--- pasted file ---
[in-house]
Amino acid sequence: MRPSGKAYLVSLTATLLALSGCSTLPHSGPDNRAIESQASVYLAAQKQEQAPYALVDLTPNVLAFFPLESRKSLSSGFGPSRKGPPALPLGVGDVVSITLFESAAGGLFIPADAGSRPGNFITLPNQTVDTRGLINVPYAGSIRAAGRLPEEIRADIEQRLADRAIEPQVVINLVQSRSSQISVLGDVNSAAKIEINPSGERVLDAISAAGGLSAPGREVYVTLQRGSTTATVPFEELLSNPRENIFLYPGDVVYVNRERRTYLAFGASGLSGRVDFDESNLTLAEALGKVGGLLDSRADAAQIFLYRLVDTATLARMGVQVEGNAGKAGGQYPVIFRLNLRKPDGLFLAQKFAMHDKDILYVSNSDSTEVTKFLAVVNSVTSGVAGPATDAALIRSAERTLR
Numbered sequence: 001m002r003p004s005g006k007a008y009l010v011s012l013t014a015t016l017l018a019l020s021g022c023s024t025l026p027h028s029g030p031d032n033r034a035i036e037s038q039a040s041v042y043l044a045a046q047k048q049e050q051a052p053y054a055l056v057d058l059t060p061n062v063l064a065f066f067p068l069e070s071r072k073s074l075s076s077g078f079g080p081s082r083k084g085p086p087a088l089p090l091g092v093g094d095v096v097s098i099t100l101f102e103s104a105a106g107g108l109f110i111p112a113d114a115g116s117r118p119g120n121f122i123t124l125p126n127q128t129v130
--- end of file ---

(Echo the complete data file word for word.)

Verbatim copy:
[in-house]
Amino acid sequence: MRPSGKAYLVSLTATLLALSGCSTLPHSGPDNRAIESQASVYLAAQKQEQAPYALVDLTPNVLAFFPLESRKSLSSGFGPSRKGPPALPLGVGDVVSITLFESAAGGLFIPADAGSRPGNFITLPNQTVDTRGLINVPYAGSIRAAGRLPEEIRADIEQRLADRAIEPQVVINLVQSRSSQISVLGDVNSAAKIEINPSGERVLDAISAAGGLSAPGREVYVTLQRGSTTATVPFEELLSNPRENIFLYPGDVVYVNRERRTYLAFGASGLSGRVDFDESNLTLAEALGKVGGLLDSRADAAQIFLYRLVDTATLARMGVQVEGNAGKAGGQYPVIFRLNLRKPDGLFLAQKFAMHDKDILYVSNSDSTEVTKFLAVVNSVTSGVAGPATDAALIRSAERTLR
Numbered sequence: 001m002r003p004s005g006k007a008y009l010v011s012l013t014a015t016l017l018a019l020s021g022c023s024t025l026p027h028s029g030p031d032n033r034a035i036e037s038q039a040s041v042y043l044a045a046q047k048q049e050q051a052p053y054a055l056v057d058l059t060p061n062v063l064a065f066f067p068l069e070s071r072k073s074l075s076s077g078f079g080p081s082r083k084g085p086p087a088l089p090l091g092v093g094d095v096v097s098i099t100l101f102e103s104a105a106g107g108l109f110i111p112a113d114a115g116s117r118p119g120n121f122i123t124l125p126n127q128t129v130